Friday, January 1, 2010

US Third Party Politicians


In Canada, it is somewhat rare to find a legislature with only two parties represented.
At the moment, four provinces (BC, SK, PE, NB) qualify. In the US however, it is rare for anyone except a Democrat or a Republican to get elected. Independents do win. Joe Lieberman, for example. Technically, he leads his own statewide party that nominates only him, but in reality of course, he is an Independent. I decided to take a quick look to find third party elected politicians in the US.

First, former members. A Green was elected to the state house in Maine and a member of the Constitution Party in Montana. Neither members currently hold seats. A Green was elected in Arkansas, but defected to the Democrats.

There are only two states with current real third party members that have been elected to the legislature. In New York, the state assembly has four parties. Along with the D's and the R's, there is a member of the "Working Families" party. The party is generally moderately left wing. There are also members of New York's "Independence Party", which descended from the 1992 presidential bid of Ross Perot. The party is right wing. One member was elected from this party and another has defected from the Republicans. The member for the WFP is from Long Island and the original member from the IP is from up state.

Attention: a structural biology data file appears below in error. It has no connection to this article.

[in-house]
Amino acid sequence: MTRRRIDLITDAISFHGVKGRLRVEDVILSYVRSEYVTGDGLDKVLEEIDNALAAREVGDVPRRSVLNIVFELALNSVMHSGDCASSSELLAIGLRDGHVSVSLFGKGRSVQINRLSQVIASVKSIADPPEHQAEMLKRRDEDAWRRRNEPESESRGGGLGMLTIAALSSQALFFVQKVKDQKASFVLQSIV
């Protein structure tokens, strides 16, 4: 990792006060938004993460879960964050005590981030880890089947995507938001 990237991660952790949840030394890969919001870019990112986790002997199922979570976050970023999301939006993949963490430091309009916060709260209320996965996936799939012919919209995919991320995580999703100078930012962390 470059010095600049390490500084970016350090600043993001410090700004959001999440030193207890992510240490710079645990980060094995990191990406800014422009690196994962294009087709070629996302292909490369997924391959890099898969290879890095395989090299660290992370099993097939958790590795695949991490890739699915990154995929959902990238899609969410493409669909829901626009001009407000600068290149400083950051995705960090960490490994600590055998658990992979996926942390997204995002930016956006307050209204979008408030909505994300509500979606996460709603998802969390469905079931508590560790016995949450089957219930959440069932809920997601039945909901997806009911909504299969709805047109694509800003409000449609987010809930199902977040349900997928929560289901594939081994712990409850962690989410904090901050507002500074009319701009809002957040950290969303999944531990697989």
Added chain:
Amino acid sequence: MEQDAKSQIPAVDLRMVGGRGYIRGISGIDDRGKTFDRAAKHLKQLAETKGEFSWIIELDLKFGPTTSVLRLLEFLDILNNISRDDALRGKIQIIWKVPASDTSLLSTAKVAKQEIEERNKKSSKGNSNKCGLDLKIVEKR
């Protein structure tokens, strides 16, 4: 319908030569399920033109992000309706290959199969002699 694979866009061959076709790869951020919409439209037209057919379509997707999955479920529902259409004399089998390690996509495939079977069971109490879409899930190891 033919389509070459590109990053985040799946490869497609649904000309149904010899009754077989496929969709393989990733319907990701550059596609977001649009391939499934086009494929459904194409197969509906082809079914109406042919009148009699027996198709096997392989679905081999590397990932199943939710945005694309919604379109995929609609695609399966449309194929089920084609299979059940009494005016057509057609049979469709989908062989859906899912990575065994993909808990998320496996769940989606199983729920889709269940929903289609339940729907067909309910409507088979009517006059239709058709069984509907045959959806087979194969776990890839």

The only other state with third party members is Vermont. There, a strong "Progressive Party" has won seats for the past number of years. They currently have one State Senator, from Burlington, the state capital. In the state house, there are 5 members from the Progressive Party, from all over the state. Although Bernie Sanders has never returned the affection, the Progressives have been his biggest supporters. Sanders, currently, is a United States Senator from Vermont and officially sits as an Independent. The Progressives could be considered NDP-like in terms of policy.

Sorry, no extra data today!

No comments: